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Artist Jade Little touches up body paint on model Renee Somerfield, as she poses with a sign reading 'Save the Earth, Go Vegan' for an advertisement by People for the Ethical Treatment of Animals (PETA) in Sydney 3 July 2014. PETA's ad campaign claimed that animal agriculture is one of the leading causes of climate change and a major contributor to resource depletion, pollution and world hunger.

If we all became vegan tomorrow

Emboldened by a recent study, The Guardian repeats the myth that becoming vegan is the ‘single biggest way’ to reduce your impact on Earth. Chris Saltmarsh and Harpreet Kaur Paul disagree.

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Will new laws tame the tech giants?

The backlash against social media titans is in full swing. But are moves to bring them to heel, including new privacy laws, appropriate? Mike Morel investigates.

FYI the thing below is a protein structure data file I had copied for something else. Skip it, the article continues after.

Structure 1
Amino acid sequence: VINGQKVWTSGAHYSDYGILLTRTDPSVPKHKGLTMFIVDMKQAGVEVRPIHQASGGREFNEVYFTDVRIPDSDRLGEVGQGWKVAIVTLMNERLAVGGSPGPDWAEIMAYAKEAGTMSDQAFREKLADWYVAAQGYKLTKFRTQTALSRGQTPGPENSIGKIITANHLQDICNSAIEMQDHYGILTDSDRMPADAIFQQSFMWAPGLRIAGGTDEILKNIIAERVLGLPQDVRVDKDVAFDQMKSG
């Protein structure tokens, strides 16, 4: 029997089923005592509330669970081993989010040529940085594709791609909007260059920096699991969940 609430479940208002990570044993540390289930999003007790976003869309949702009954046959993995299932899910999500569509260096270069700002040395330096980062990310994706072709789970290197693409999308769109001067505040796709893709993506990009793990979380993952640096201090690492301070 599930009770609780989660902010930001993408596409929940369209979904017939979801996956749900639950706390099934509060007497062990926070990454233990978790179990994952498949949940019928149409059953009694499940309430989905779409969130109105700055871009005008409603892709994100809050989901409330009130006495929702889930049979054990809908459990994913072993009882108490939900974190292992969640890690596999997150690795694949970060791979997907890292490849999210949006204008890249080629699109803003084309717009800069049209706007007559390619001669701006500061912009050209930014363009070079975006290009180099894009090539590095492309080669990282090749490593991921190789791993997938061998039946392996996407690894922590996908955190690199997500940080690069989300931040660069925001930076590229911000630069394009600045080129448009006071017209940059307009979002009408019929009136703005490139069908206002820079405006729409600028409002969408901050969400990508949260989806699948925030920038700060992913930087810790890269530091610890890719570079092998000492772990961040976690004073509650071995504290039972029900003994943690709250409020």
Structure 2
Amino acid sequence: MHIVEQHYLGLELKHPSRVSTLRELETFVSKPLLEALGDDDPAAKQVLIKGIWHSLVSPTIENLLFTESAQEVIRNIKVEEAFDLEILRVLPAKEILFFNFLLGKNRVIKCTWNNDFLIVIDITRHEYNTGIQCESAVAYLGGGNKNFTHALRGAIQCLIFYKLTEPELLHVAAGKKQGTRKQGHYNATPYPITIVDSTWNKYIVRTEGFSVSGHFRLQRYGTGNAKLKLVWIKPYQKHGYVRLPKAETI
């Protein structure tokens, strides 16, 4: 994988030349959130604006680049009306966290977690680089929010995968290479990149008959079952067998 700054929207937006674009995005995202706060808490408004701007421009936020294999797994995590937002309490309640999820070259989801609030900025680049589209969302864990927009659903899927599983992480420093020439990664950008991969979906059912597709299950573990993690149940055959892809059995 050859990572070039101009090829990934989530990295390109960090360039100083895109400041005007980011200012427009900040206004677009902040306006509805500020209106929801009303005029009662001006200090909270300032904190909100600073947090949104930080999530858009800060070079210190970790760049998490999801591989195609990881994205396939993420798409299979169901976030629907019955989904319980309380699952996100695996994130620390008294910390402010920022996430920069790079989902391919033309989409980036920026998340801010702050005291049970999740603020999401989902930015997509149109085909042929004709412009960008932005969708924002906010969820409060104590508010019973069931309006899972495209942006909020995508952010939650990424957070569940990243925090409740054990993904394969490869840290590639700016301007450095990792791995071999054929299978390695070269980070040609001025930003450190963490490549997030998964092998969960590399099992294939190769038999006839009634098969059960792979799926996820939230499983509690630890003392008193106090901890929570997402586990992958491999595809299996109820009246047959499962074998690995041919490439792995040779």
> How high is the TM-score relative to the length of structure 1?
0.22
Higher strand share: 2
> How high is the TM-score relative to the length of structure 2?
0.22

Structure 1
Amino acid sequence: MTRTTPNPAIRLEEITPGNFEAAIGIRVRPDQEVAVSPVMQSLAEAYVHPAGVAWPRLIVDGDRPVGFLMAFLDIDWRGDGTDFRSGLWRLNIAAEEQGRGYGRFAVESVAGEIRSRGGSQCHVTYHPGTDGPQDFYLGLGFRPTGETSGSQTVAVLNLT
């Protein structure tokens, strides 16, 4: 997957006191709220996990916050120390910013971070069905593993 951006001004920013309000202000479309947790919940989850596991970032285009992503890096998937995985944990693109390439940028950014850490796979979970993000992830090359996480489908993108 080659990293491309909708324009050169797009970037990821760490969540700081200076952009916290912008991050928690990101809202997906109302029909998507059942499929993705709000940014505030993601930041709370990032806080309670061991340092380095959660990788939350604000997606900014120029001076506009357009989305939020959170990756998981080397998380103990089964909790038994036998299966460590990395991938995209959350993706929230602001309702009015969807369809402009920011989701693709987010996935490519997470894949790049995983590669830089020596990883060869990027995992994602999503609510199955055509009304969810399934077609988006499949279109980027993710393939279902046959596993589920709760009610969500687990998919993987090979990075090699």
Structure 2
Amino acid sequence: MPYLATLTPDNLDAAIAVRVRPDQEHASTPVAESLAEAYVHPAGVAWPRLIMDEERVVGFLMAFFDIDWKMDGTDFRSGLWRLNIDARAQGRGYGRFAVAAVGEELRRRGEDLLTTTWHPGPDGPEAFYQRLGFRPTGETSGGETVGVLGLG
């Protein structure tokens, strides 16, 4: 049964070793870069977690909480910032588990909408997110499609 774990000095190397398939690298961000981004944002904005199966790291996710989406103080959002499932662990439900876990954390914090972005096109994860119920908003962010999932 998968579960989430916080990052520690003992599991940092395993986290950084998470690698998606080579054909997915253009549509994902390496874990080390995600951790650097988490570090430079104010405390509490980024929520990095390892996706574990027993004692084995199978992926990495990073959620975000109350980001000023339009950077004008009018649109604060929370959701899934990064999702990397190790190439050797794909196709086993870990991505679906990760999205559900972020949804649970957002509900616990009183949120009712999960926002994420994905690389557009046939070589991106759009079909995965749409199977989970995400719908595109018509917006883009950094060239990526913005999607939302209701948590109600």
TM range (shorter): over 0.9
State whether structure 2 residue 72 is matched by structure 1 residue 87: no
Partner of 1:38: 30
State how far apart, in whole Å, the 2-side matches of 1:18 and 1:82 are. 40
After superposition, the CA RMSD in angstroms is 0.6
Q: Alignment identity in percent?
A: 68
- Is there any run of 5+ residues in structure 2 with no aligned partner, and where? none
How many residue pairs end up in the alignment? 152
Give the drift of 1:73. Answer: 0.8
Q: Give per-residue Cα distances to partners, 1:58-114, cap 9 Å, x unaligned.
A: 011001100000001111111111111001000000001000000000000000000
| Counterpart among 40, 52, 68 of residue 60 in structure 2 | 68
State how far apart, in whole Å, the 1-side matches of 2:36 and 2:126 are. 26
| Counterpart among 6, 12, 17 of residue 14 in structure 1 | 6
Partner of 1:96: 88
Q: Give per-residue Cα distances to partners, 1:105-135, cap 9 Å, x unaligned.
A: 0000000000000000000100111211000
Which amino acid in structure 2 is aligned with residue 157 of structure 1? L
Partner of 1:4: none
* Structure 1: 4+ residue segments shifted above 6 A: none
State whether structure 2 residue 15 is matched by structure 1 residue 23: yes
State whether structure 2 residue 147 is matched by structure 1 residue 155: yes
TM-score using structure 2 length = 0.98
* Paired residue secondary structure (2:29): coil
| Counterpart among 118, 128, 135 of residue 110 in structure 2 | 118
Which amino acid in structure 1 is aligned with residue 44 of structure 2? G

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Recent feature articles

A selection of feature articles from each of the latest New Internationalist magazines.

In the US, police often decide who has the right to demonstrate and who doesn’t. In this case riot police in Durham, North Carolina form an armed phalanx to control people attempting to protest against a white nationalist rally.

Whose streets?

The current clampdown on popular rights mirrors a profound malaise with our system of top-down political representation, argues Richard Swift.

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Brazil's soft coup hardens

Vanessa Baird sets out to see how dictatorship is being rebranded in Latin America’s most populous nation.

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Journey's End

Chris Brazier returns to the village in Burkina Faso that he has visited every 10 years since helping to make a film there in 1985.